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MVVM is a Microsoft design pattern that existed before ASP.Net MVC. Can anyone through light on differences between MVVM and the new MVC pattern?.

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MVC (which is usable outside of the latest ASP.NET MVC implementation) predates MVVM by a long, long time... See: en.wikipedia.org/wiki/Model-view-controller –  Reed Copsey Sep 17 '10 at 22:06
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Edited to indicate specifically that it's Microsoft ASP.Net MVC. I know MVC predates MVVM but ASP.Net MVC is a successor of MVVM even though MVVM is based on MVC itself. –  A_Var Sep 18 '10 at 19:09
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up vote 11 down vote accepted

Can anyone throw light on differences between MVVM and the new MVC pattern?.

Yes: When using ASP.NET MVC the MVC pattern uses the controller to render the model directly into the view. This is perfectly acceptable for trivial projects with a small number of objects. Where this can become a problem is that the concerns of the UI layer can bleed through to the underlying (domain) model.

When using MVVM then you are adding an abstraction between the Model and the View, which is of course the ViewModel. This allows the author to project into the view an object that is most readily consumed by the view. The ViewModel can contain things which would be out of place in the (domain) Model. The cost associated here is that you need to have mapping logic which transposes the data from the model to the View Model. Tools like AutoMapper can assist with this chore.

A simple example of this might be the Model doesn't require certain fields as required, but a particular View does. Rather than baking this logic into the user interface, if it is attached to the ViewModel, then other UI's can consume the same VM without having to duplicate logic that was baked into the first user interface.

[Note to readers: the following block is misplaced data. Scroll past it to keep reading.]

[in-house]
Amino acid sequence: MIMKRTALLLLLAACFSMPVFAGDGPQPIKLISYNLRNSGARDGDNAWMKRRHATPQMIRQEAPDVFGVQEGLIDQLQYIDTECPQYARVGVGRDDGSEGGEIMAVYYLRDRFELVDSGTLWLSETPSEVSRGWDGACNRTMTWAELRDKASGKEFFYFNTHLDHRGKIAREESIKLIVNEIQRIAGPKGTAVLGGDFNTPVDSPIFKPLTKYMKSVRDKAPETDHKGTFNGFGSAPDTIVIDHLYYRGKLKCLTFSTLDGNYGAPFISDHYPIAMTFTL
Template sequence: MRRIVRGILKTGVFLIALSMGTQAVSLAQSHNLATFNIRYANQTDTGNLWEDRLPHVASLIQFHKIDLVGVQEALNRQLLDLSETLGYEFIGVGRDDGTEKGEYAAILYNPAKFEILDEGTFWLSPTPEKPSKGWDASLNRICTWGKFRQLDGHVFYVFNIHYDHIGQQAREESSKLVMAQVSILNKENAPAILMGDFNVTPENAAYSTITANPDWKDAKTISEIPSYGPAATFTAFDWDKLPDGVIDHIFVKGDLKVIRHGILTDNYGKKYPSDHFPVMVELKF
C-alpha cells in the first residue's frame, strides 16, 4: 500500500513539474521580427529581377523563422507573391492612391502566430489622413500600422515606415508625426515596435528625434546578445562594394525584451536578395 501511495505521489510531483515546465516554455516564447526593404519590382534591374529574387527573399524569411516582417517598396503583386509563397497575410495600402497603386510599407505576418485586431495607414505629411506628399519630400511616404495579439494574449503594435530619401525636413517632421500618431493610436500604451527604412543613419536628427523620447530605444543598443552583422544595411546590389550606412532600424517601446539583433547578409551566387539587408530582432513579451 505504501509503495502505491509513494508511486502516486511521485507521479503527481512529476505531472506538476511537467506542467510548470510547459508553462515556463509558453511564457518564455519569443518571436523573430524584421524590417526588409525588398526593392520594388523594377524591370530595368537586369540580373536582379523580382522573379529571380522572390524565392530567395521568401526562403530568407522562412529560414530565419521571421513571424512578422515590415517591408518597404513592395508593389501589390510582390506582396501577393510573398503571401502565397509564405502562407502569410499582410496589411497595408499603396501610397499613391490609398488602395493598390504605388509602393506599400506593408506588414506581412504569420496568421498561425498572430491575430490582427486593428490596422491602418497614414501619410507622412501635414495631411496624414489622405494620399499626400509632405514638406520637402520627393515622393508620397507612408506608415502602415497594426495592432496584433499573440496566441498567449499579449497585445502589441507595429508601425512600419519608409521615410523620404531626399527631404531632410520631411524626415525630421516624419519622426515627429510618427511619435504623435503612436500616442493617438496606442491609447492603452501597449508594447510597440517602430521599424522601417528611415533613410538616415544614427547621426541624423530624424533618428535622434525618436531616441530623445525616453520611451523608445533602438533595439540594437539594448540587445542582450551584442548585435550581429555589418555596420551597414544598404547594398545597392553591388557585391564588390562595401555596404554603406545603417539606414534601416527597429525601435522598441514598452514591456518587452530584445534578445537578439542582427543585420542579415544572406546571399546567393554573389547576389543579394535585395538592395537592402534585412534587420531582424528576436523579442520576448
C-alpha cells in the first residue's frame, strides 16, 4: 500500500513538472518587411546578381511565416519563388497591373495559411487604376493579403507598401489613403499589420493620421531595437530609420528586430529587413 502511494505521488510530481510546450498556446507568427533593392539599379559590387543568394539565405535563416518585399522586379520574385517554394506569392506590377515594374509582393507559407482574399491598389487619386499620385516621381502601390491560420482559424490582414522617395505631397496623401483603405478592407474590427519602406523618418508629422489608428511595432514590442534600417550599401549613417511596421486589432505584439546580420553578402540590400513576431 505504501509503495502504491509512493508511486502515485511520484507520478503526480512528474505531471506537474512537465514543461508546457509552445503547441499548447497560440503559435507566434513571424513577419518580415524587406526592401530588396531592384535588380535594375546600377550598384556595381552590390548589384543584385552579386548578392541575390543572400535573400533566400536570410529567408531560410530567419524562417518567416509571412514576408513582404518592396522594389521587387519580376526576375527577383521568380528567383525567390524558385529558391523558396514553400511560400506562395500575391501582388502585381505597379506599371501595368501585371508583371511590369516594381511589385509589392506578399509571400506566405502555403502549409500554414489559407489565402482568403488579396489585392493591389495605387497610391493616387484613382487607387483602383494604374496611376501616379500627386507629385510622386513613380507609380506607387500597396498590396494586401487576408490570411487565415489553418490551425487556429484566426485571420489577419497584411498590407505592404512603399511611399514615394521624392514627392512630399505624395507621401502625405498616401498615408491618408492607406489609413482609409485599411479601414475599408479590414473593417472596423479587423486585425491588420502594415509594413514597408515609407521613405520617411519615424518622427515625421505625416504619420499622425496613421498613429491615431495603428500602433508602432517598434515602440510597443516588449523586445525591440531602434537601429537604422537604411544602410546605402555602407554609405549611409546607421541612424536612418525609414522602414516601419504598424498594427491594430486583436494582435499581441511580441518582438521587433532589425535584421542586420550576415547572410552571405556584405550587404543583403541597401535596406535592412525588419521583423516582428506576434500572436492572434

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I would venture to suggest that MVVM is Microsoft's design pattern and ASP.NET MVC, which is farily recent, is a specific implementation by Microsoft (that doesn't necessarily adhere to either MVC or MVVM but is similar). And as suggested by Reed, MVC has been around since the 70's.

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Both MVC & MVVM are architectural patterns. MVC has its roots way back to Smalltalk. ASP.NET MVC is Microsoft's implementation of the MVC pattern using ASP.NET framework.

Both the patterns deal with separation of concerns. MVC is more to do with the interaction of various commonly used layers in an application like Model (data layer), View (presentation layer) and Controller (business logic layer).

With advanced databinding capabilities of WPF and Silverlight, MVVM was more suited and publicised as the next big thing. Martin Fowler generalized these patterns as presentation patterns in his Enterprise Application Architecture book.

One advantage I see in using a ViewModel is that it allows you to test the application code better using unit tests. Because of this reason I find MVVM or at least the ViewModel bit of it being used quite often in ASP.NET MVC applications as well.

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Yeah ViewModel exists in ASP.Net MVC as well. Can't we integrate the same advanced capibilities of Silverlight with presentation layer in MVC?. I was just wondering how one outweight's the another in web app development. –  A_Var Sep 19 '10 at 17:43
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MVC and MVVM are actually quite different. There seems to be a fair bit of misunderstanding of MVVM when talked about with ASP MVC. The practice of making 'View Models' in MVC, which are specific classes to feed views, while good practice is not true to the spirit of MVVM, and in fact is just a cleaner version of MVC.

MVVM is more suited to the desktop using WPF or similar, or purely in the browser using a JavaScript framework such as knockout.js. The pattern is quite different to MVC and involves views being 'subscribed' to the model.

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MVC and MVVM are actually quite different. There seems to be a fair bit of misunderstanding of MVVM when talked about with ASP MVC. The practice of making 'View Models' in MVC, which are specific classes to feed views, while good practice is not true to the spirit of MVVM, and in fact is just a cleaner version of MVC

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You copy and pasted my answer?! –  Paul Grimshaw Apr 14 at 20:06
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